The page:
Victorian Literature: The Frozen Deep
The Frozen Deep, by Wilkie Collins
Wilkie Collins and Charles Dickens originally produced The Frozen Deep together as a play, with each of them in the starring male roles. (Dickens was inspired by his role to create one of his most famous characters, but I'm not telling you who!) Collins then re-wrote his play as a novella.
It's the story of a young orphaned lady who firmly believes she has the Second Sight, to the exasperation of her friends. She is worried about the imminent arrival of Richard, who left on a voyage with the mistaken assumption that they would marry upon his return. Meanwhile, she has fallen in love with Frank, who is about to go out on an Arctic expedition. When Richard appears on the scene and she reminds him that he never asked about her feelings or gave her a chance to say anything, he swears revenge on her unknown love--and embarks on the same Arctic expedition. Will he realize who Frank is, and if he does, will he exact the murderous revenge he has promised?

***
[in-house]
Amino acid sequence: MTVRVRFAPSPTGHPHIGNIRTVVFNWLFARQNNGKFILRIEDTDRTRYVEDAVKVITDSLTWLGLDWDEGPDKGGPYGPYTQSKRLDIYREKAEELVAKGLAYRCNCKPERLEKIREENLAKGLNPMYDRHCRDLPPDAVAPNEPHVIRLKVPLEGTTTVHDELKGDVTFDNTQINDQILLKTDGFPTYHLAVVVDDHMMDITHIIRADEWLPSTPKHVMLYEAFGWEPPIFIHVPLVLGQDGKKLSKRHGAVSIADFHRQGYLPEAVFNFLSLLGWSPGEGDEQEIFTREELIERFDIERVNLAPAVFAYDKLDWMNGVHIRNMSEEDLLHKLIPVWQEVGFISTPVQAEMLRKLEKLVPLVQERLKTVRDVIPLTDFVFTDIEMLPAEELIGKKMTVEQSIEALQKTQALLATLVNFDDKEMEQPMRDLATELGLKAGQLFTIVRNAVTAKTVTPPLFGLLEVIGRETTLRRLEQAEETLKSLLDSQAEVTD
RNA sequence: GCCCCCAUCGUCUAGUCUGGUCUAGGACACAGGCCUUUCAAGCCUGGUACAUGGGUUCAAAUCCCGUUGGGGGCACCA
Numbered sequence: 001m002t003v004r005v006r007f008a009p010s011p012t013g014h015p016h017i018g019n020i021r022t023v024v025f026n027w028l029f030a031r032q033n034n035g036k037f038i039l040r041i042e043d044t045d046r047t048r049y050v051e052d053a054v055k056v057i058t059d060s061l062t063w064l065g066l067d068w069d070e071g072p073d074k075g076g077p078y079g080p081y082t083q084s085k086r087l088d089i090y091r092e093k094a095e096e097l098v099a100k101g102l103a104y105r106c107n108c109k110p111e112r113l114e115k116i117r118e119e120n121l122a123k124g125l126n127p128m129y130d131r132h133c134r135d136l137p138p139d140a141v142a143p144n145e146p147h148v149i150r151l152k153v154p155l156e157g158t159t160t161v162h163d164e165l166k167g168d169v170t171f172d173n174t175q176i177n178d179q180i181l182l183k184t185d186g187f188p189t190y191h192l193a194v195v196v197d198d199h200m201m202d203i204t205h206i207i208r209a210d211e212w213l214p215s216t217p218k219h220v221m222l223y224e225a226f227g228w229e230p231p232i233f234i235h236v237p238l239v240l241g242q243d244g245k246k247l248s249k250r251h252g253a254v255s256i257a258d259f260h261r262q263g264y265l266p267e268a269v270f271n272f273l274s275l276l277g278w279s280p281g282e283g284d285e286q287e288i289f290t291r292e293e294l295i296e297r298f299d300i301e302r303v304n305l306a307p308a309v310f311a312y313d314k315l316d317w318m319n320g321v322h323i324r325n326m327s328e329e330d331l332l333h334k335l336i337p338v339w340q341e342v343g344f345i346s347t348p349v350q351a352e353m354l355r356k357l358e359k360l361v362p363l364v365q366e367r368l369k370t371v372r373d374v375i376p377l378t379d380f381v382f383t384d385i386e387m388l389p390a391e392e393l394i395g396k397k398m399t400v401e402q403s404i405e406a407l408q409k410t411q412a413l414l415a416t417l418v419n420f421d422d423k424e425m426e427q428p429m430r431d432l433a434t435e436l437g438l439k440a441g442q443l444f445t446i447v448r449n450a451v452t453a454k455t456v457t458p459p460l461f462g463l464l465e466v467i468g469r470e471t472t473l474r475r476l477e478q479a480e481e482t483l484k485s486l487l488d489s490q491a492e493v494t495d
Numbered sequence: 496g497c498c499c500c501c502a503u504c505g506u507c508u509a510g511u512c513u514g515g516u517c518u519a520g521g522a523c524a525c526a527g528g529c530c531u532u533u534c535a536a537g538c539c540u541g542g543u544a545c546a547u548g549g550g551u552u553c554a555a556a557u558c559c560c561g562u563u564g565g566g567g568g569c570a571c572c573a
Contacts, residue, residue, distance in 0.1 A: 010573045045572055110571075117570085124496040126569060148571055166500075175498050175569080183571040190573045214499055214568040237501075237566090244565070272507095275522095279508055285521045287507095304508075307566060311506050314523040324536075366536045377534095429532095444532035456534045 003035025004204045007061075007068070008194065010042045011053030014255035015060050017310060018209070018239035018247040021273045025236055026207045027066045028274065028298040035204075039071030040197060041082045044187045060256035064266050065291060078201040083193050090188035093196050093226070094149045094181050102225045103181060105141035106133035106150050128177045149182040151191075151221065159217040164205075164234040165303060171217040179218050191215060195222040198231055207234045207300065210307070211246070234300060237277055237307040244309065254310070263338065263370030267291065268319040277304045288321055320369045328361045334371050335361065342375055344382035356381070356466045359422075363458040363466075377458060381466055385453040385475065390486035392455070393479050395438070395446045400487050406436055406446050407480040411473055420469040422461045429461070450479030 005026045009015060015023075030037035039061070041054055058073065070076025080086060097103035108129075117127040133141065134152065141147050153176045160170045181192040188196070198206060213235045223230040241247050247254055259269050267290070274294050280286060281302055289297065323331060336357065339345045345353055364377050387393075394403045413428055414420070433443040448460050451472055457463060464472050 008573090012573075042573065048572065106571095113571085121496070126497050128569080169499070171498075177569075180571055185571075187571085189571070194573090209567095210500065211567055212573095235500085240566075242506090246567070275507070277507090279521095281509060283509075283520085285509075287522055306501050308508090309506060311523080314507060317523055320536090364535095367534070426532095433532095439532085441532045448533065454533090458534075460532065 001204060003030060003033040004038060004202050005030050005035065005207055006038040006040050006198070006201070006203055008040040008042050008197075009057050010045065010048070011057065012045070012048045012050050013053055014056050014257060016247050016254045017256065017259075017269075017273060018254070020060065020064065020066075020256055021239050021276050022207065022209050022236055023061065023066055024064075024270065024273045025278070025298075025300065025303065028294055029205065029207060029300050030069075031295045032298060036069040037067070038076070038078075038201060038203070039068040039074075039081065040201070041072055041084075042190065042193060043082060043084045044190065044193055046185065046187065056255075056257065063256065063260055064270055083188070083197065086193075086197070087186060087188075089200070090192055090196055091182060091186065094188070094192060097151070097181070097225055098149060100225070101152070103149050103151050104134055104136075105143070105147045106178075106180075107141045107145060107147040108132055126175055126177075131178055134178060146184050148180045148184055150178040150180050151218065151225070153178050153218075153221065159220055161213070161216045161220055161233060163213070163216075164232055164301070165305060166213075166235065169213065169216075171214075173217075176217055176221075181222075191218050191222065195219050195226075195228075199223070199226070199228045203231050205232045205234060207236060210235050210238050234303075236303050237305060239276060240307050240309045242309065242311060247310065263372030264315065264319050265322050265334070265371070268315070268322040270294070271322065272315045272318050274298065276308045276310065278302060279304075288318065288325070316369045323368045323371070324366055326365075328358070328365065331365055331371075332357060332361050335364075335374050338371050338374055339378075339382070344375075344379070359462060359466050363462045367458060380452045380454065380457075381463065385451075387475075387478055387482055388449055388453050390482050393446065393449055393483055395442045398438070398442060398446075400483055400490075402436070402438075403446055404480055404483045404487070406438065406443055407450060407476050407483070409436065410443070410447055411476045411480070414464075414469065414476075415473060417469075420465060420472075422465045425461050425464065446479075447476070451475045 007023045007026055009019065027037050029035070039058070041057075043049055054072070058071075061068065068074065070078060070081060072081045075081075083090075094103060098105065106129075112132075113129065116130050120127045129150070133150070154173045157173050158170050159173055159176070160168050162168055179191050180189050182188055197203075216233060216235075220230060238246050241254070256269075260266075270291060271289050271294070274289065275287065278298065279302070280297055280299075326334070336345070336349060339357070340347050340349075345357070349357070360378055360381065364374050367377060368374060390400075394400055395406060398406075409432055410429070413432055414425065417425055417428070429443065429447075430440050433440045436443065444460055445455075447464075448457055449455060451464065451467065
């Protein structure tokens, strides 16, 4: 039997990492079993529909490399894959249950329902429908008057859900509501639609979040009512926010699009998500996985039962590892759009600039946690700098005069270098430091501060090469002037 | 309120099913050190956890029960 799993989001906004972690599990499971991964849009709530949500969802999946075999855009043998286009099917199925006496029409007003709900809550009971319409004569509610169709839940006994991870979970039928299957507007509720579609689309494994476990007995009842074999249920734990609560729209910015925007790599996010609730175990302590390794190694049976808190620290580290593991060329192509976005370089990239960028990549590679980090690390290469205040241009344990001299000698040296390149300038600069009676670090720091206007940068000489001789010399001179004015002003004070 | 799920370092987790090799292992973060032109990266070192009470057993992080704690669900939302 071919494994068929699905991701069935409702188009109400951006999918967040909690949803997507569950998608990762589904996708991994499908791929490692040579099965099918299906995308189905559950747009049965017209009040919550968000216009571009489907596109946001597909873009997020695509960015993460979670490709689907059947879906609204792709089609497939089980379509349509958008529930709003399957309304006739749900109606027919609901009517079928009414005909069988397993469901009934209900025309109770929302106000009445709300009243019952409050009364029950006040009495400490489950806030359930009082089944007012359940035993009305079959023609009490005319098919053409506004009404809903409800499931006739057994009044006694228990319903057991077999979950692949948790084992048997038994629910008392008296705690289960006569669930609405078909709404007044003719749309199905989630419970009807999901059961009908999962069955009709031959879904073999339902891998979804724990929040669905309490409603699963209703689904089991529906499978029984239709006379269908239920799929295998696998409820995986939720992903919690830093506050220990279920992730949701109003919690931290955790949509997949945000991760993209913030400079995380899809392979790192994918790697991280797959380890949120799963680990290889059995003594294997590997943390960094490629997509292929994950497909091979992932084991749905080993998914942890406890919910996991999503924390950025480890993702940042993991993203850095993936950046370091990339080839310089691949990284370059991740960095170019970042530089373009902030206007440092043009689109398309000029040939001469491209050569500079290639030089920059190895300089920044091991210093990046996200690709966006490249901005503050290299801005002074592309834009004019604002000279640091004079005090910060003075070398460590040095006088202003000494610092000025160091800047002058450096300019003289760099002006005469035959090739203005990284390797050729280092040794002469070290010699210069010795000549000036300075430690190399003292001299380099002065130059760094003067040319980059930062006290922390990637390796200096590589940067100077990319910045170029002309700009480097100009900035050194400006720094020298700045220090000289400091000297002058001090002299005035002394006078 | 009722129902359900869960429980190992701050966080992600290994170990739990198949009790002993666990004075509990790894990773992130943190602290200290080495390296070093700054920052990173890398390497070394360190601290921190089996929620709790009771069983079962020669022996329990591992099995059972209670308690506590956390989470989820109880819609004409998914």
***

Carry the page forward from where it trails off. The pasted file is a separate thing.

This was a fun little read. It gives you a nice taste of Collins' style in a little package, so it would be great for someone just getting into Victorian literature, who might be intimidated by full-length novels.